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Paul Farquhar-Smith

, Pierre Beaulieu

, and Sian Jagger

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date: 19 September 2021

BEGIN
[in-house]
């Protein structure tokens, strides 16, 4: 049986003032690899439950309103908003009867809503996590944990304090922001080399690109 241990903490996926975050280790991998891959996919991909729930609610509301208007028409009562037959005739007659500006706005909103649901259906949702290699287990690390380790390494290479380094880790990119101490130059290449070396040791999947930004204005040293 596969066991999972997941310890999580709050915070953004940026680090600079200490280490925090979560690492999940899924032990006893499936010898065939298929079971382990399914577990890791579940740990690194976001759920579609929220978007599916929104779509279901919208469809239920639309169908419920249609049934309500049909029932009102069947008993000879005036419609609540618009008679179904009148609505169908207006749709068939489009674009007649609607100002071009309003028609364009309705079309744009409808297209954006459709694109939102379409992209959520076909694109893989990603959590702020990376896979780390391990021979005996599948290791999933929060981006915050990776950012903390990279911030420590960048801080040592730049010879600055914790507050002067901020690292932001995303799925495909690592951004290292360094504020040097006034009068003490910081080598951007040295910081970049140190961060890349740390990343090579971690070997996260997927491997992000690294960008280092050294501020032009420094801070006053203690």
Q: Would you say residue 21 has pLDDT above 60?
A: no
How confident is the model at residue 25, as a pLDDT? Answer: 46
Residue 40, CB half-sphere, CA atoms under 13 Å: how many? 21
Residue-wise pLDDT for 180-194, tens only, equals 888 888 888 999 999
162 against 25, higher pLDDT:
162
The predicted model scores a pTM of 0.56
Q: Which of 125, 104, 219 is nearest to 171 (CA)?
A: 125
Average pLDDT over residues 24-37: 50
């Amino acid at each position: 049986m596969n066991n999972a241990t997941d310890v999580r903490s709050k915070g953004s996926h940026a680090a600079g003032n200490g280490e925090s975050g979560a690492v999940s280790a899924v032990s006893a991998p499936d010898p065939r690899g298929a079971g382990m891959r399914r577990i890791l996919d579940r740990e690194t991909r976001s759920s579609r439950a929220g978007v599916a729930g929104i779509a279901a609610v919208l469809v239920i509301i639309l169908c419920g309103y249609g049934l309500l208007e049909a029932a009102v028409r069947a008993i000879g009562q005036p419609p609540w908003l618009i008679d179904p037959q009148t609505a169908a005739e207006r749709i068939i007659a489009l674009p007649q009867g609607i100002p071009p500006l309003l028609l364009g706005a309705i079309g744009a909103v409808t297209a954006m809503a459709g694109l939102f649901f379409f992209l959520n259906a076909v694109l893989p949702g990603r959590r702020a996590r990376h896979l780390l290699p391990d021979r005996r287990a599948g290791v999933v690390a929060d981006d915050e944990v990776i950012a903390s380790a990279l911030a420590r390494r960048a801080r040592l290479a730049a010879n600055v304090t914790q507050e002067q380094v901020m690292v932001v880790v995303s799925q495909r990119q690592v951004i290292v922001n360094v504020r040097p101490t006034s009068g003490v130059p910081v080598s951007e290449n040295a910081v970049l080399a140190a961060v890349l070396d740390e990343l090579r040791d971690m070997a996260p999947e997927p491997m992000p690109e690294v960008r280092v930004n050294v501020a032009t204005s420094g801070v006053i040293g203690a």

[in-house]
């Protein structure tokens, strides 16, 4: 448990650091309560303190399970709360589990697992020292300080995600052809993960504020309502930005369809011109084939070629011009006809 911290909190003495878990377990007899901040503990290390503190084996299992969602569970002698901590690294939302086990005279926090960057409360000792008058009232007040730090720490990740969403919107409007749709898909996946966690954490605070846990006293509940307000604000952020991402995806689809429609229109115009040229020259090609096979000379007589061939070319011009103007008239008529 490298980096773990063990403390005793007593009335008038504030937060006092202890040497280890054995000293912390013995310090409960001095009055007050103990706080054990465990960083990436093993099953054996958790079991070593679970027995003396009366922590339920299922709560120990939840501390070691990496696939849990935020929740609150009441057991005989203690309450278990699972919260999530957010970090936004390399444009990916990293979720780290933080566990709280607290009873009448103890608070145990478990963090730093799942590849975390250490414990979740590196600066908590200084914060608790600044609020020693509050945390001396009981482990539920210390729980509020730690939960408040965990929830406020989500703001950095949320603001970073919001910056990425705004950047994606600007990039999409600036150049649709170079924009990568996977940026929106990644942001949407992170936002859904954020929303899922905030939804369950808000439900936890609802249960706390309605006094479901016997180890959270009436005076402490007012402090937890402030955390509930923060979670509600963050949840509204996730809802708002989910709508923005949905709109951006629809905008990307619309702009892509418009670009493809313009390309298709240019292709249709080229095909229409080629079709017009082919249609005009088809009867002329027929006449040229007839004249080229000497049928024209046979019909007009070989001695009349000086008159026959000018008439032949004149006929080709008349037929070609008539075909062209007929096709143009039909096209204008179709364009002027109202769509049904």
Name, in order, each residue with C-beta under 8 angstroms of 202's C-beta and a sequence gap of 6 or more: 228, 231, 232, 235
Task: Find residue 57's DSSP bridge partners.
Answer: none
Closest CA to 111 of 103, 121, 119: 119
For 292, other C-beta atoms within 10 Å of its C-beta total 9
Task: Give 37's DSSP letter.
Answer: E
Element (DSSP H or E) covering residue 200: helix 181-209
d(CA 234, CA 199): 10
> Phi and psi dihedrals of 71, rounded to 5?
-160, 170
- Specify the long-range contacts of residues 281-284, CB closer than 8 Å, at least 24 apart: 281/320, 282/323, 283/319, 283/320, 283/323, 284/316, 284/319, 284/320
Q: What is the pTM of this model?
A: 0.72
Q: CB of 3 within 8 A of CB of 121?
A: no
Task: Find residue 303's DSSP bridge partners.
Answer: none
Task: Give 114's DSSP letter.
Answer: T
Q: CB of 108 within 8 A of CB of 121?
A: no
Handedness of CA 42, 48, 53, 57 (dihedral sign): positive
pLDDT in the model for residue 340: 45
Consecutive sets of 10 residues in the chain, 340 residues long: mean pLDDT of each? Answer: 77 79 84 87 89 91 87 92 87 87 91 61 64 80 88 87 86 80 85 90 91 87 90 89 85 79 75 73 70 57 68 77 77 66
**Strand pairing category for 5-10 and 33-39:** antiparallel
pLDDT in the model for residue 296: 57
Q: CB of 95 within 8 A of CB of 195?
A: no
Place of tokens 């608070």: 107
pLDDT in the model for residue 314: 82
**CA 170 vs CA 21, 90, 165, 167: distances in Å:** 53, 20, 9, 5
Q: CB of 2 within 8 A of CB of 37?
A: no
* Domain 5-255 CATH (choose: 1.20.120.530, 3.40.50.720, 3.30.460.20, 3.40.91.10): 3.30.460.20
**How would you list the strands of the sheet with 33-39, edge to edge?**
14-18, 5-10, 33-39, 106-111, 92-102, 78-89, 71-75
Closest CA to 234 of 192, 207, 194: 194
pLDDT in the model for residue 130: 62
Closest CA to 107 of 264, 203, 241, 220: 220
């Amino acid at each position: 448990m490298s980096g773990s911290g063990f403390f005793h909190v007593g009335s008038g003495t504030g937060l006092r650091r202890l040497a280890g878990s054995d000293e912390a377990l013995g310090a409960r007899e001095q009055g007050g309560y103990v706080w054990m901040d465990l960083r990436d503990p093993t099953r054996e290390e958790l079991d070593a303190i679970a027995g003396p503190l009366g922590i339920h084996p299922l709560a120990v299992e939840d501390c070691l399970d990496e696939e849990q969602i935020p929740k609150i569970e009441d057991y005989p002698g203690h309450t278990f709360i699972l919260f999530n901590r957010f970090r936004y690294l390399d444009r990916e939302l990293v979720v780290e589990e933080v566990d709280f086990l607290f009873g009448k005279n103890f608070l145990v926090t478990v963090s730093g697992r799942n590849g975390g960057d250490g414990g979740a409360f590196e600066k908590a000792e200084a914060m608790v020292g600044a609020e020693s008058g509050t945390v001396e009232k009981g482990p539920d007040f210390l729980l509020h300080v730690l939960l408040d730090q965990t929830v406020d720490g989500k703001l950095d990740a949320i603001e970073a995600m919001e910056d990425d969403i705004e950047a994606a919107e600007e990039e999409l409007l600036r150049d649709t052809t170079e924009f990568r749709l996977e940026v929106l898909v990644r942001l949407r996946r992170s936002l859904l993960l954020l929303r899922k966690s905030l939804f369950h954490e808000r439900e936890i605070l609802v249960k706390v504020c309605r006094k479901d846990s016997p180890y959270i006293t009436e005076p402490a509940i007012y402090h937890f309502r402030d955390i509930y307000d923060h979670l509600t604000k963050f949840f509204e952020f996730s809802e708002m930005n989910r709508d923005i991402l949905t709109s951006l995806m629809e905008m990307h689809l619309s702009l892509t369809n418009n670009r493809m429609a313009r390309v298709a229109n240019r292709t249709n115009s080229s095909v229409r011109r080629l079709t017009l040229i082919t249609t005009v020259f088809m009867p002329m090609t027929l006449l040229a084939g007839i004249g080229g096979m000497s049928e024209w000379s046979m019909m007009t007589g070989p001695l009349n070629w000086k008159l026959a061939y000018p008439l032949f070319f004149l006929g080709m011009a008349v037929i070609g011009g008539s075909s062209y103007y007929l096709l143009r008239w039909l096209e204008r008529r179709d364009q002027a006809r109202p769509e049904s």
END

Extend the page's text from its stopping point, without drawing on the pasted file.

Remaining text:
The landmark paper discussed in this chapter reviewed 51 epidemiological studies looking at the incidence and prevalence of both acute pain and chronic pain in children and adolescents. The paper divided the studies they reviewed into two broad categories: those which examined pain in non-clinical populations, such as school children or general population samples, and those which examined pain in clinical settings, such as inpatients, outpatients from specific clinics, or special populations. In the clinical studies assessed, back pain in athletes and overuse injury syndrome in musicians were also included as studies from special populations. The non-clinical studies included head, stomach/abdominal, and back pain, as well as further studies focusing on oral/dental and limb pain, dysmenorrhoea, and multiple pain problems. The authors concluded that the epidemiology of pain in children and adolescents remained relatively undocumented.

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